Adolescence Stage of Development: Definition & Explanation

An error occurred trying to load this video.

Try refreshing the page, or contact customer support.

Coming up next: What Is Adolescence? - Definition, Stages & Characteristics

You're on a roll. Keep up the good work!

Take Quiz Watch Next Lesson
 Replay
Your next lesson will play in 10 seconds
  • 0:00 Adolescence
  • 1:04 Physical Development
  • 1:34 Cognitive Development
  • 2:34 Socio-Emotional Development
  • 3:45 Lesson Summary
Add to Add to Add to

Want to watch this again later?

Log in or sign up to add this lesson to a Custom Course.

Login or Sign up

Timeline
Autoplay
Autoplay
Speed

Recommended Lessons and Courses for You

Lesson Transcript
Instructor: Chris Clause
In this lesson, you will learn about the key aspects that define the stage of human development known as adolescence. Following the lesson, you will have the opportunity to test your new knowledge by taking a short quiz.

Adolescence

Human growth and development is characterized by several distinct and unique stages beginning with conception and ending at death. Like all stages of human development, adolescence is an important stage. In this lesson, we will focus on the biological, cognitive, and socio-emotional aspects of adolescence, which make it unique and distinguishable from the other stages of human development.

For most humans, adolescence begins around age 10 to 12 and concludes somewhere between 18 to 21 years of age. It is important to remember that age alone does not signify the beginning and end of adolescence, but rather achieving key developmental milestones indicates when a particular stage of development has begun or concluded.

While a variety of changes are taking place during adolescence, these changes can, for the most part, be classified within three major categories:

  • Physical
  • Cognitive
  • and Socio-emotional aspects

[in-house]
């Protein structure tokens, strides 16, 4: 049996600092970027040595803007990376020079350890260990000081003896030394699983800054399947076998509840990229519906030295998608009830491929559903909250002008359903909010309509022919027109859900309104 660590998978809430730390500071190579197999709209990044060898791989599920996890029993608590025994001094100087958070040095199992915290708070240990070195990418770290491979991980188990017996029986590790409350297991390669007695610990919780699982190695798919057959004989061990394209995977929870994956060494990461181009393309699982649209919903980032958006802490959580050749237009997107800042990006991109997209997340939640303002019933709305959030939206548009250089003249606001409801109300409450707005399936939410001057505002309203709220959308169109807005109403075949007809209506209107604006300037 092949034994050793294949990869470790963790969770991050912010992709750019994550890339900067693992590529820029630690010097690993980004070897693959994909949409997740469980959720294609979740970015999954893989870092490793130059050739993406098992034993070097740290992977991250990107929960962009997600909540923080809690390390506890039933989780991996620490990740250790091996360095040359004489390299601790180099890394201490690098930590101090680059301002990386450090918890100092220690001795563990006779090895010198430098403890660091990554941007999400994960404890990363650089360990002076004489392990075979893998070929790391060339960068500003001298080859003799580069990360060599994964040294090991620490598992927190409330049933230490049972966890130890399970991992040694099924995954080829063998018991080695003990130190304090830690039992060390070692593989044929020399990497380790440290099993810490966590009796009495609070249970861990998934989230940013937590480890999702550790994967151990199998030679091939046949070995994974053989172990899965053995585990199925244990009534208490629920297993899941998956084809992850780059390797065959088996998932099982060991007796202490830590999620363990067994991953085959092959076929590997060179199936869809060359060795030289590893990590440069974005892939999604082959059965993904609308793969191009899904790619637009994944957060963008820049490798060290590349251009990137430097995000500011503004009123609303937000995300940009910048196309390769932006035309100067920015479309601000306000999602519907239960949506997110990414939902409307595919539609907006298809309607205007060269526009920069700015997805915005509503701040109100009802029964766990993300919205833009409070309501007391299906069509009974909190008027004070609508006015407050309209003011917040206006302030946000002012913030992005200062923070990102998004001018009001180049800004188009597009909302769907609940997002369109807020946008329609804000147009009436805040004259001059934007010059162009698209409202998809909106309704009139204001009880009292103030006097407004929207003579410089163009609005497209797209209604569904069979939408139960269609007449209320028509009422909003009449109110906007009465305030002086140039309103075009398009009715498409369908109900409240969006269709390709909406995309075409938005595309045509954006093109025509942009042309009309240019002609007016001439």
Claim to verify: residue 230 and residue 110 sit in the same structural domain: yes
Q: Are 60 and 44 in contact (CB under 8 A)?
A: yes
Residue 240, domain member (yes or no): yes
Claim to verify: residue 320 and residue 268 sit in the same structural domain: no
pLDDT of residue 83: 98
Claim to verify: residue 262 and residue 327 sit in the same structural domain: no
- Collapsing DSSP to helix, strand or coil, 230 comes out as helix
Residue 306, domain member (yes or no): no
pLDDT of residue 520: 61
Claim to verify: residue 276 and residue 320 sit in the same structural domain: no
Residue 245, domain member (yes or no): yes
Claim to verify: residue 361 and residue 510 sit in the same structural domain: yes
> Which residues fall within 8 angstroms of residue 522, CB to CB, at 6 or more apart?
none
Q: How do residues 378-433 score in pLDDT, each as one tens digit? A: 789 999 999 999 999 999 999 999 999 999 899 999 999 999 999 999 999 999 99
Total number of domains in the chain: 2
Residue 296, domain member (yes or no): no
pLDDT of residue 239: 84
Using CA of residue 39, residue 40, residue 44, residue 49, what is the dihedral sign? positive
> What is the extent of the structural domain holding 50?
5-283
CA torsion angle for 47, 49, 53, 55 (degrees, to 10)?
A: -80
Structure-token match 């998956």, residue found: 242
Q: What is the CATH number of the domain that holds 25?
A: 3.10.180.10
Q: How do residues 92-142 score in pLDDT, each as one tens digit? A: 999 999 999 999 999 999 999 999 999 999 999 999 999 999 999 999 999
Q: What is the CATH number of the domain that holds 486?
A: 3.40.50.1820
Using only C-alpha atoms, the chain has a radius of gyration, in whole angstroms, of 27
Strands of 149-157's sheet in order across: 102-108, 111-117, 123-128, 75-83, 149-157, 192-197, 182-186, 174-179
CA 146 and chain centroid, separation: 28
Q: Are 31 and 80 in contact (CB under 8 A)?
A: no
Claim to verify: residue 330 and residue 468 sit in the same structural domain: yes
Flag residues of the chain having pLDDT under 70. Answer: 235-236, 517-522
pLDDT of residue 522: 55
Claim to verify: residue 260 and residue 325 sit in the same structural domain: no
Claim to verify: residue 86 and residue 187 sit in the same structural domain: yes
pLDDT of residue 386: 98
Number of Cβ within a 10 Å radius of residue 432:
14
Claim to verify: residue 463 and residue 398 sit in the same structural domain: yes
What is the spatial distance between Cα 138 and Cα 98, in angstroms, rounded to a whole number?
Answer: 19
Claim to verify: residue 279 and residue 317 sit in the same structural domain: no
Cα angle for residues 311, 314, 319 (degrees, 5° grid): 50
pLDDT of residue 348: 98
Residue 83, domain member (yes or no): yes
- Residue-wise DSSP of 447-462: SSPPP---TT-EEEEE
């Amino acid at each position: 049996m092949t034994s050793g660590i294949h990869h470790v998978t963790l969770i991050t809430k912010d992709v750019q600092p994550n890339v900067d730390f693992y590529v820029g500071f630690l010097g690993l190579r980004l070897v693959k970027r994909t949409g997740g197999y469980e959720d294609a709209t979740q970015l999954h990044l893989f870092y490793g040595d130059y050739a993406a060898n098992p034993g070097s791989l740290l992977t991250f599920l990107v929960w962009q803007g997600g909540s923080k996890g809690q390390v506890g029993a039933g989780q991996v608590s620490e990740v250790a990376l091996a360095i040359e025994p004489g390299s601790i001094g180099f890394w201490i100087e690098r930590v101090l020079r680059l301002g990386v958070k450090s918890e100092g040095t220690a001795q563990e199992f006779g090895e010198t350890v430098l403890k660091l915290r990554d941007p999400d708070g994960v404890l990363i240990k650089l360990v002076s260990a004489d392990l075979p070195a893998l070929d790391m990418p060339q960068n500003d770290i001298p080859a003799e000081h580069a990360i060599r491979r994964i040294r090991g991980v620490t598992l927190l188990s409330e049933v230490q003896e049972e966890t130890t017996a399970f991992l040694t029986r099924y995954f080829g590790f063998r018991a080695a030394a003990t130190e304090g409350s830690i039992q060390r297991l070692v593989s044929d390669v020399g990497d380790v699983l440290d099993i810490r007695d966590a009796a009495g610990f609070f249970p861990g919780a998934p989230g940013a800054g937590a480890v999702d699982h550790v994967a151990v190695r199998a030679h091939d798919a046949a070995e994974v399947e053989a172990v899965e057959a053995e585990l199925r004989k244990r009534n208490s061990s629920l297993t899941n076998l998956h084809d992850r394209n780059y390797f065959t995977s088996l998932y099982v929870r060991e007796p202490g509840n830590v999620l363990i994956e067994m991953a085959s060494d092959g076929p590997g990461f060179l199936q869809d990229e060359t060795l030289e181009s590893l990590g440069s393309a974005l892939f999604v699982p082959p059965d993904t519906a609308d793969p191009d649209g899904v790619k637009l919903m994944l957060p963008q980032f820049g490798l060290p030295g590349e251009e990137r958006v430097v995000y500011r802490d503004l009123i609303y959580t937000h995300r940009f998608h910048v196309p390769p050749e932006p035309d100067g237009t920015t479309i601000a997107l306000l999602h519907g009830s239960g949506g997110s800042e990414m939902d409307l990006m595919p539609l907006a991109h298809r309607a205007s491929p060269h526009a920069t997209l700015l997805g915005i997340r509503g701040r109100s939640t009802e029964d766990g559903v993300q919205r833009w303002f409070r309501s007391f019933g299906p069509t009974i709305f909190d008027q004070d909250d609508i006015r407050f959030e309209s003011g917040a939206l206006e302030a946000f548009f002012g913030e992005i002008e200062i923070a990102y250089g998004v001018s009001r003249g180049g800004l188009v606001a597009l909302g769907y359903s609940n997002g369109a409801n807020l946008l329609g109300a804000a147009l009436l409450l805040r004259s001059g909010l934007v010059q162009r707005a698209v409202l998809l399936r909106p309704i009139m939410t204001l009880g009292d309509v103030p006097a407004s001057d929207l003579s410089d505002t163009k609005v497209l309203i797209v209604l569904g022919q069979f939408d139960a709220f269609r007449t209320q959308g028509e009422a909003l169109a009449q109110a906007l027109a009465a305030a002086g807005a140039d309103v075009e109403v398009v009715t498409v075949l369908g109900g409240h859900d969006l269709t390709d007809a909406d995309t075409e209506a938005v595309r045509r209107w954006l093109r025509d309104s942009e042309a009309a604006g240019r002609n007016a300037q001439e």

Physical Development

The onset of puberty marks the beginning of the significant physical changes that occur within the developmental stage of adolescence. Puberty encourages rapid physical growth and is triggered by the increased production of two hormones:

  • Testosterone in males
  • and Estradiol in females

By the end of adolescence the body has, for the most part, undergone the changes needed to result in a fully functioning adult being including physical maturity and sexual development in both genders.

Cognitive Development

As the body changes and grows during adolescence, the brain undergoes significant changes as well. Specifically, certain areas of the brain grow and develop independent of one another during adolescence. Recent brain imaging studies have shown that the amygdala, which is influential in emotional regulation, develops earlier in adolescence, and the cortex, which is influential in thinking and decision-making, occurs later in adolescence.

Renowned developmental psychologist, Jean Piaget, posited that the hallmark of adolescence, from a cognitive perspective, is the ability to engage in formal operational thinking. In general, formal operational thinking involves the ability to understand abstract concepts and the ability to make predictions about future events. In the eyes of cognitive developmental psychologists, the ability to perform functions requiring formal operational thinking, such as developing theories and solving abstract problems, marks the transition into adolescence.

To unlock this lesson you must be a Study.com Member.
Create your account

Register to view this lesson

Are you a student or a teacher?

Unlock Your Education

See for yourself why 30 million people use Study.com

Become a Study.com member and start learning now.
Become a Member  Back
What teachers are saying about Study.com
Try it risk-free for 30 days

Earning College Credit

Did you know… We have over 160 college courses that prepare you to earn credit by exam that is accepted by over 1,500 colleges and universities. You can test out of the first two years of college and save thousands off your degree. Anyone can earn credit-by-exam regardless of age or education level.

To learn more, visit our Earning Credit Page

Transferring credit to the school of your choice

Not sure what college you want to attend yet? Study.com has thousands of articles about every imaginable degree, area of study and career path that can help you find the school that's right for you.

Create an account to start this course today
Try it risk-free for 30 days!
Create An Account
Support